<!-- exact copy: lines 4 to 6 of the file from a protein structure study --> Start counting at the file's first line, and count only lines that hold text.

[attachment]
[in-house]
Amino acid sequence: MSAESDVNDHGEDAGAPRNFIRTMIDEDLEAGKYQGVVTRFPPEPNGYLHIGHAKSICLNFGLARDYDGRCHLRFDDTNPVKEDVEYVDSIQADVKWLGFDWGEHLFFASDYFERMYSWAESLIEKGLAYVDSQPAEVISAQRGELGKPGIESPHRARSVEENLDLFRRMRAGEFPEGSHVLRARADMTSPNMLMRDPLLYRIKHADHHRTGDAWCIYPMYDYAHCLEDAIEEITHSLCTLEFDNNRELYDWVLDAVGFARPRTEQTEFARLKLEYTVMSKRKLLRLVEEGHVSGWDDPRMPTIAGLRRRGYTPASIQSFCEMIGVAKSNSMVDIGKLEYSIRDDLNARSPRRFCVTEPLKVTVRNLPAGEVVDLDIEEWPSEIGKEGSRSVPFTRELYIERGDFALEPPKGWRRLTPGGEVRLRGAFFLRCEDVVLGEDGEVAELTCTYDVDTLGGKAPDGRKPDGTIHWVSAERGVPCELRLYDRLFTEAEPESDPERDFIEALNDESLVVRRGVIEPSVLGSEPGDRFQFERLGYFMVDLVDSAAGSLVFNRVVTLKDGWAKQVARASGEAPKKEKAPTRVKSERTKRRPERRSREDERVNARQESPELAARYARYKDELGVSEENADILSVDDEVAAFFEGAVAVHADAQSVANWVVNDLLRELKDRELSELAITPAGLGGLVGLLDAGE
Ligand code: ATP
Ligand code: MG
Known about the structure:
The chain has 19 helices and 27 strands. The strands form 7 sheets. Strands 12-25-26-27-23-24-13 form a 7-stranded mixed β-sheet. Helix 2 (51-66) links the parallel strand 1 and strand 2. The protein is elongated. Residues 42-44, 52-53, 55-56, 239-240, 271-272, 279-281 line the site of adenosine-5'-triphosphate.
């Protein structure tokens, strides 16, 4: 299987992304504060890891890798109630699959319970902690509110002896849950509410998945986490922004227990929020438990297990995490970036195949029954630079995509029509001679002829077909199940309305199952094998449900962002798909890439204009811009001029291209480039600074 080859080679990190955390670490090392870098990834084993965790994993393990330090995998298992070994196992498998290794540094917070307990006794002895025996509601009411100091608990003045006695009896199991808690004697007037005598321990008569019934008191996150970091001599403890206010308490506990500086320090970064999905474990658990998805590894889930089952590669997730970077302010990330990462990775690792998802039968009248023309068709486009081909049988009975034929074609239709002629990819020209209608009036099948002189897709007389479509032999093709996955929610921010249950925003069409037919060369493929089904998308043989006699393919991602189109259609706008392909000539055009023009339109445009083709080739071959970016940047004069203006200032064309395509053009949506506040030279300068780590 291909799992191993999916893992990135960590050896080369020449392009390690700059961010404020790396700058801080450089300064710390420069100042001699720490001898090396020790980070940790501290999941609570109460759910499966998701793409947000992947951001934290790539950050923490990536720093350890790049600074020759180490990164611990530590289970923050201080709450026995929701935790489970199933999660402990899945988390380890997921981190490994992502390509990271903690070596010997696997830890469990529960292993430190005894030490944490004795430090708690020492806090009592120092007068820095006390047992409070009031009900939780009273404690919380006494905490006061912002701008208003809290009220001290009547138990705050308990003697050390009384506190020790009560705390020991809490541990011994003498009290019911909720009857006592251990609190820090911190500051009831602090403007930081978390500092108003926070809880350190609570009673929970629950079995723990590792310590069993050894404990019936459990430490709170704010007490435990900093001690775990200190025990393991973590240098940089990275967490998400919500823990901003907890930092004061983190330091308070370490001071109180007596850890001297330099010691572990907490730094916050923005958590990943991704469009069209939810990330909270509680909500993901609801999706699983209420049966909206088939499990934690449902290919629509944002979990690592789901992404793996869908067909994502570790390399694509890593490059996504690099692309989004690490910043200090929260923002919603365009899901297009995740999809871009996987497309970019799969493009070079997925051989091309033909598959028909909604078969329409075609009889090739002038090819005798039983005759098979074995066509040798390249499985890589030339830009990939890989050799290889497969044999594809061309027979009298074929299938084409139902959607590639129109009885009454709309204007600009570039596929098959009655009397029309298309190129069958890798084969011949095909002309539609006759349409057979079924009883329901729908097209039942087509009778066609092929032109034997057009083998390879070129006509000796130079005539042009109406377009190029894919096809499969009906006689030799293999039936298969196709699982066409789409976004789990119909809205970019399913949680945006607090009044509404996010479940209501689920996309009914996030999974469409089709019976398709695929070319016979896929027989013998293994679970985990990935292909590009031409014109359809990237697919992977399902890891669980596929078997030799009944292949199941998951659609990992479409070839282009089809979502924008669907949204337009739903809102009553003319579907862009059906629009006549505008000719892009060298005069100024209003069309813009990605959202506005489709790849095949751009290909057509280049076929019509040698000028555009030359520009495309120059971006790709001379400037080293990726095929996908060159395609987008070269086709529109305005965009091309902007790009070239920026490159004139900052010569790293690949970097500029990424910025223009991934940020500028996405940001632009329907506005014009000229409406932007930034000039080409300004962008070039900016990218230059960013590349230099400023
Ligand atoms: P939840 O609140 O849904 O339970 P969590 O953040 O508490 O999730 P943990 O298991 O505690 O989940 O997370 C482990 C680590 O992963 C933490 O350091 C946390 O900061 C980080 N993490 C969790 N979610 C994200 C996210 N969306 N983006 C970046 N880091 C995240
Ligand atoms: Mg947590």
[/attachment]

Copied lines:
Ligand code: MG
Known about the structure:
The chain has 19 helices and 27 strands. The strands form 7 sheets. Strands 12-25-26-27-23-24-13 form a 7-stranded mixed β-sheet. Helix 2 (51-66) links the parallel strand 1 and strand 2. The protein is elongated. Residues 42-44, 52-53, 55-56, 239-240, 271-272, 279-281 line the site of adenosine-5'-triphosphate.